Last month, the Genomics Law Report prepared a three-part series entitled What Happens if a DTC Genomics Company Goes Belly Up? The series, which was originally published on Genetic Future (see Parts 1, 2 and 3), reviewed the privacy policies of several genomics companies to determine whether they prohibit the transfer of private data to third parties. We also discussed the fact that a bankruptcy court may approve such a transfer notwithstanding a policy to the contrary. In this post, we examine whether federal regulations may restrict the dissemination of private genomic data—including the new rules proposed earlier this month under the Genetic Information Nondiscrimination Act of 2008.
1. Is DTC Getting HIPAA? The Health Insurance Portability and Accountability Act of 1996 (HIPAA), the most prominent federal regulation governing the privacy of medical records, established the Privacy Rule to provide national standards for protected medical records. HIPAA’s Privacy Rule currently applies only to “covered entities” and business associates of covered entities. A covered entity is a health plan, health care clearinghouse, or a health care provider. Since a company providing genomic sequencing services is not a health plan or a health care clearinghouse, HIPAA will apply only if such a company is determined to be a health care provider or a business associate of a covered entity.
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Last December, some of the true heavyweights in the field of personal genomics convened for a two-day workshop cosponsored by the CDC and NIH to review the science and implementation of personal genomics. Participants included scientific luminaries (e.g., Francis Collins, George Church and Bob Green), personal genomics companies (e.g., 23andMe, Knome, Navigenics, deCODE Genetics and DNA Direct) and policy groups (e.g., Genetic Alliance, Personalized Medicine Coalition and Genetics and Public Policy Center). The workshop and its participants’ recommendations were summarized (pdf) late last month in the journal Genetics in Medicine.
The workshop focused on a review of the “scientific foundation for using personal genomics in risk assessment and disease prevention,” developing five specific recommendations for the future development and use of personal genomics.
1. Develop and implement scientific standards for personal genomics. Of primary importance was the development of scientific benchmarks for evaluating personal genomics testing. Heavily emphasized was the need to establish standards for measuring the clinical validity (how well a genetic variant identifies or predicts an individual’s clinical status) and clinical utility (the health and other benefits of a test balanced against its harms or costs) of personal genomics tests. The importance of voluntary industry guidelines (pdf), randomized clinical trials and economic analysis of personal genomics testing were all discussed.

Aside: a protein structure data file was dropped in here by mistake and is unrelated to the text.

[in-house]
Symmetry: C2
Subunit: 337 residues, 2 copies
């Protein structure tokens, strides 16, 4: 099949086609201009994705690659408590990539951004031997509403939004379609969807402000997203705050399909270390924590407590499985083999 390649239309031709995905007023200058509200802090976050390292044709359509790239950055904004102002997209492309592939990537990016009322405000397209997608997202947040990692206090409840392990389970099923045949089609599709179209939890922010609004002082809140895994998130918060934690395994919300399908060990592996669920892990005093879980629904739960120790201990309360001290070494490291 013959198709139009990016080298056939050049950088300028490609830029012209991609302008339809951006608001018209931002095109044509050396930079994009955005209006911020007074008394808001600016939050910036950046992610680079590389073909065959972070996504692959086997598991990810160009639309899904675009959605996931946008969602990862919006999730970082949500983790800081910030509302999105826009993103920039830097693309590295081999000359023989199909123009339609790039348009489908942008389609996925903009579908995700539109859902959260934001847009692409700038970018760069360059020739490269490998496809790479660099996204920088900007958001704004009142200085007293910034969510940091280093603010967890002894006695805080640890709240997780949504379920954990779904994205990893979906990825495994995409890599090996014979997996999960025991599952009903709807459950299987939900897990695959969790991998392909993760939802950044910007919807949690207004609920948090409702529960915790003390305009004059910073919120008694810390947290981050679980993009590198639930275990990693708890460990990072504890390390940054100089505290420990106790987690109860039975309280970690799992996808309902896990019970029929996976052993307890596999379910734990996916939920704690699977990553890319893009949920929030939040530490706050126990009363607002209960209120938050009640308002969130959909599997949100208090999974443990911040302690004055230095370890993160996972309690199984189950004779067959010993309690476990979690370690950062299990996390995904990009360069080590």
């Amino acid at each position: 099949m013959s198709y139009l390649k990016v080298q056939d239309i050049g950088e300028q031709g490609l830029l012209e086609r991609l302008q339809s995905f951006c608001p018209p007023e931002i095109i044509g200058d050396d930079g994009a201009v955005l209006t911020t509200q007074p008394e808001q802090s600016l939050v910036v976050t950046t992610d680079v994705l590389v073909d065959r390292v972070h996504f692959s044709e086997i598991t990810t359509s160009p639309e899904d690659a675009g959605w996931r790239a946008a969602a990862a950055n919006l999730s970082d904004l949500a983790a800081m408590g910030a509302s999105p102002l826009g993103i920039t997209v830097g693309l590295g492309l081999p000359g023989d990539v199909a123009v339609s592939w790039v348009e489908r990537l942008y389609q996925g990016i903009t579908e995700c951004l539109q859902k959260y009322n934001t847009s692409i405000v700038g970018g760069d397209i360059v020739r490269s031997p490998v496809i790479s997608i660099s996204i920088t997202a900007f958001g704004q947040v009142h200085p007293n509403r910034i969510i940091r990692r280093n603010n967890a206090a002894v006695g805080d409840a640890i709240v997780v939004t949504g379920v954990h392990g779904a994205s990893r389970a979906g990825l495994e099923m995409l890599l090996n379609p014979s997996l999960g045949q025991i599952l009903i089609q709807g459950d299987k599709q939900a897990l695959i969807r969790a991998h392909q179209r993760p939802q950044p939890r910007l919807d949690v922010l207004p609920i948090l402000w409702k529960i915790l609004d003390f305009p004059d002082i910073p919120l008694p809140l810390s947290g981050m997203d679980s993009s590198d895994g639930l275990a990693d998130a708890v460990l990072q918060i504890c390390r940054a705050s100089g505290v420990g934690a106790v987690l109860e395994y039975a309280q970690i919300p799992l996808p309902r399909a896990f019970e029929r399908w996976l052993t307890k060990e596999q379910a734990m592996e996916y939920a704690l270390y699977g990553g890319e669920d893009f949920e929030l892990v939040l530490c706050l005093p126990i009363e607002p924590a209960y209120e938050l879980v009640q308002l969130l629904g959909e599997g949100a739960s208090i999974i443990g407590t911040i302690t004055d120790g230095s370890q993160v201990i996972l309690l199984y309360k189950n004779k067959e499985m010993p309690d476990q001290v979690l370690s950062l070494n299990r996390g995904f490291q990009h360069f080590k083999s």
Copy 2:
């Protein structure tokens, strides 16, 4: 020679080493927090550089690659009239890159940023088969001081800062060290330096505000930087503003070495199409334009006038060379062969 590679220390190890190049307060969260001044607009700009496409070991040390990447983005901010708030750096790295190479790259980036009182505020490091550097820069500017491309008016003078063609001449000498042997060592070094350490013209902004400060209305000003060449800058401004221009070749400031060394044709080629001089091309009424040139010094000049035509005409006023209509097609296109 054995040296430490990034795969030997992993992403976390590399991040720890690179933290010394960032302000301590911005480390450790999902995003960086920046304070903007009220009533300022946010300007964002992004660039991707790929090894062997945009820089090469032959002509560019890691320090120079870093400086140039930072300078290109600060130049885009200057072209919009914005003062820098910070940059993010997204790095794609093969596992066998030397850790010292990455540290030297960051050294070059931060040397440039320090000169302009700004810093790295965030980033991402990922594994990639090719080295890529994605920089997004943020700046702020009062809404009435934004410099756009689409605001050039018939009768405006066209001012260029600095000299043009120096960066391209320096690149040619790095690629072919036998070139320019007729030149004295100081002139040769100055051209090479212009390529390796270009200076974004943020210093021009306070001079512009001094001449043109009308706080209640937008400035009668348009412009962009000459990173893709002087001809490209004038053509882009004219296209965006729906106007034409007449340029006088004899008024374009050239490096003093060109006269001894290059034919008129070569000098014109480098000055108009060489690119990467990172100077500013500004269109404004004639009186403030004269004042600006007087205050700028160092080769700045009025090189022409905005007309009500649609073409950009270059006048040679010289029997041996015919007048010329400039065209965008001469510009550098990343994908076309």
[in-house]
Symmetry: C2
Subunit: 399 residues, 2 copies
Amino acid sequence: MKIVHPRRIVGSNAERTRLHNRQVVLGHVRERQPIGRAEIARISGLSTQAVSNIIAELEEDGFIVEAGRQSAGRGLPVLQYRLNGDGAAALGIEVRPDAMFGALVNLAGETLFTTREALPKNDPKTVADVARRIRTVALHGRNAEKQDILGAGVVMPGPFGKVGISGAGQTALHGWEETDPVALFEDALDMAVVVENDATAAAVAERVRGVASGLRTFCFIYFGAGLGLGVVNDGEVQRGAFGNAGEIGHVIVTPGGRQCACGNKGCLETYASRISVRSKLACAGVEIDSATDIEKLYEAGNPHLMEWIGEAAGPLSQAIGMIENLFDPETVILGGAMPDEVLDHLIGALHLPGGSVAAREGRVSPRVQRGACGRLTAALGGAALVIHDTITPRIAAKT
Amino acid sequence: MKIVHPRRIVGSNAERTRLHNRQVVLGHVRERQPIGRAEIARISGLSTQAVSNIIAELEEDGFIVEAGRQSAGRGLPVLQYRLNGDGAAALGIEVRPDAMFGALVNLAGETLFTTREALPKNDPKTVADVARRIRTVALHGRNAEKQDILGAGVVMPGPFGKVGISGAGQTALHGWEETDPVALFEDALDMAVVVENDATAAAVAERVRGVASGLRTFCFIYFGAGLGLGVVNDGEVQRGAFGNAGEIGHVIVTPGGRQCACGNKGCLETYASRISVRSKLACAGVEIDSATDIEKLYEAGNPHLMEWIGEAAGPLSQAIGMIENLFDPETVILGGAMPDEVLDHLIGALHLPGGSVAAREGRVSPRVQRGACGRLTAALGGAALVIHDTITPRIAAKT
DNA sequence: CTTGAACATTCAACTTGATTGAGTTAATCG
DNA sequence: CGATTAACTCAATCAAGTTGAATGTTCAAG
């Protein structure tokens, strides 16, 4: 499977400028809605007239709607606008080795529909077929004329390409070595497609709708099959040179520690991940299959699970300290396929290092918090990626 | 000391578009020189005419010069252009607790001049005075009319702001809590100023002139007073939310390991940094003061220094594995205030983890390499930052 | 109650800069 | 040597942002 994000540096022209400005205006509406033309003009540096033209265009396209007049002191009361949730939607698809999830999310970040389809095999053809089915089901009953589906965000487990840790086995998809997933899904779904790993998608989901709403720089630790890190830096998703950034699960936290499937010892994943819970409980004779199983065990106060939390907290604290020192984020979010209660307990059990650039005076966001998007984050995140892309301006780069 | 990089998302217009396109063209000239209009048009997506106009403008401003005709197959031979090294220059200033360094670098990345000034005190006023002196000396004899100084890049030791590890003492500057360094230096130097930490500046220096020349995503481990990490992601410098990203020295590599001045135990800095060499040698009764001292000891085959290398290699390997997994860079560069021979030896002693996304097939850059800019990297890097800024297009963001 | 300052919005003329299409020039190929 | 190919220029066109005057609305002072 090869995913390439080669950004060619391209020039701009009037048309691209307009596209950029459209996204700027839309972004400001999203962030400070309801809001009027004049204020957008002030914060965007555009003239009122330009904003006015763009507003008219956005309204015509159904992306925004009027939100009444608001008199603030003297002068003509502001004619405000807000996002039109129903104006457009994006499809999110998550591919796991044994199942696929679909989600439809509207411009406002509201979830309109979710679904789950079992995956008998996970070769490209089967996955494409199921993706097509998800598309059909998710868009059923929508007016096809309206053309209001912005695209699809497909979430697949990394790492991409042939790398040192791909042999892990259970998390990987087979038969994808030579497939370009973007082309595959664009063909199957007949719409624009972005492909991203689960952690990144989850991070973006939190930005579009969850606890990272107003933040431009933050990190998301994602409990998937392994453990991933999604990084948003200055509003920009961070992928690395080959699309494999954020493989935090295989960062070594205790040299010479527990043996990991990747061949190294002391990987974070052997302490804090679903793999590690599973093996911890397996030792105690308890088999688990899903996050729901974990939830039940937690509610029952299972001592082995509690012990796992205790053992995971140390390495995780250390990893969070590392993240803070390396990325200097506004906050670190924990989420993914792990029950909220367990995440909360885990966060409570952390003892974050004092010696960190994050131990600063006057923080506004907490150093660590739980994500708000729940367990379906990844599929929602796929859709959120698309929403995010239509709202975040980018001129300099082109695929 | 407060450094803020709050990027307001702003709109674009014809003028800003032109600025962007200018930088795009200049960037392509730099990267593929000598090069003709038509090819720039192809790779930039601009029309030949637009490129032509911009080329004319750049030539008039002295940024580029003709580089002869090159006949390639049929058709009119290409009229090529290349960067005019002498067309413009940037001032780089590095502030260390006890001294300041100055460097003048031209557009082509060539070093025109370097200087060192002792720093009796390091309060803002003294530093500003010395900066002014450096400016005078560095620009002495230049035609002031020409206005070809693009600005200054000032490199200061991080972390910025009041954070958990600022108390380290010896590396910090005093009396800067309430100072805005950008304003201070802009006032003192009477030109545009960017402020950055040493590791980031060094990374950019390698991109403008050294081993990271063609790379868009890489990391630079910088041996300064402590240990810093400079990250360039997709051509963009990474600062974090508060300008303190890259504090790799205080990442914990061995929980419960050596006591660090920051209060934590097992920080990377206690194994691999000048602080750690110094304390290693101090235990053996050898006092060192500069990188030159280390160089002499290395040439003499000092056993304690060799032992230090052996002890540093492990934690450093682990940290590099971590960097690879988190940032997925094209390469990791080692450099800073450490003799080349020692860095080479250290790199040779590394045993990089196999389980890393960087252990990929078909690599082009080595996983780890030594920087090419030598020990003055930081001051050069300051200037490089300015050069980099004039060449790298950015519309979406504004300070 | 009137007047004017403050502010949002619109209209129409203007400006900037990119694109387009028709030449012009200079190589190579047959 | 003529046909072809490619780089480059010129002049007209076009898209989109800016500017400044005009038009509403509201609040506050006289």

In a recent post, John Conley analyzed the ACLU’s lawsuit challenging Myriad Genetics’ patents on the BRCA-1 and BRCA-2 “breast and ovarian cancer susceptibility” genes. Several readers responded with the same general inquiry: if an individual undergoes a whole-genome sequence analysis, will the individual (or the company providing the sequence) be required to pay royalties to Myriad because the BRCA-1 and -2 loci will have been sequenced?
Although focused on the BRCA genes, the question is broadly applicable to the entire genome sequencing industry: when sequencing all or a portion (e.g., the exome) of an individual’s genome, are individual gene patents infringed upon by either the company providing the sequence or the individual purchasing or requesting it? The answer is not entirely clear, but, at least in the case of Myriad and the BRCA genes, it appears to be no. Or at least, not yet.
Let’s begin with what is not patented, which includes a majority of genes and the vast majority of the human genome. Genes—those stretches of DNA that encode for proteins—make up approximately 2% of the human genome. The estimate of the exact number of genes ranges from between roughly 20,000 to 30,000 and, of those, a 2005 study in the journal Science found that only 20% of human gene DNA sequences are patented (subscription). Although those numbers are certainly subject to change, the reality is that, today, it is likely that less than 1% of the entire human genome has been patented.
Of course, that very small number belies the fact that the genes which have been patented consist of some of the most important identified genes associated with the prediction or determination of human health and disease. The high-profile BRCA genes are an excellent example and thus make for a good case study.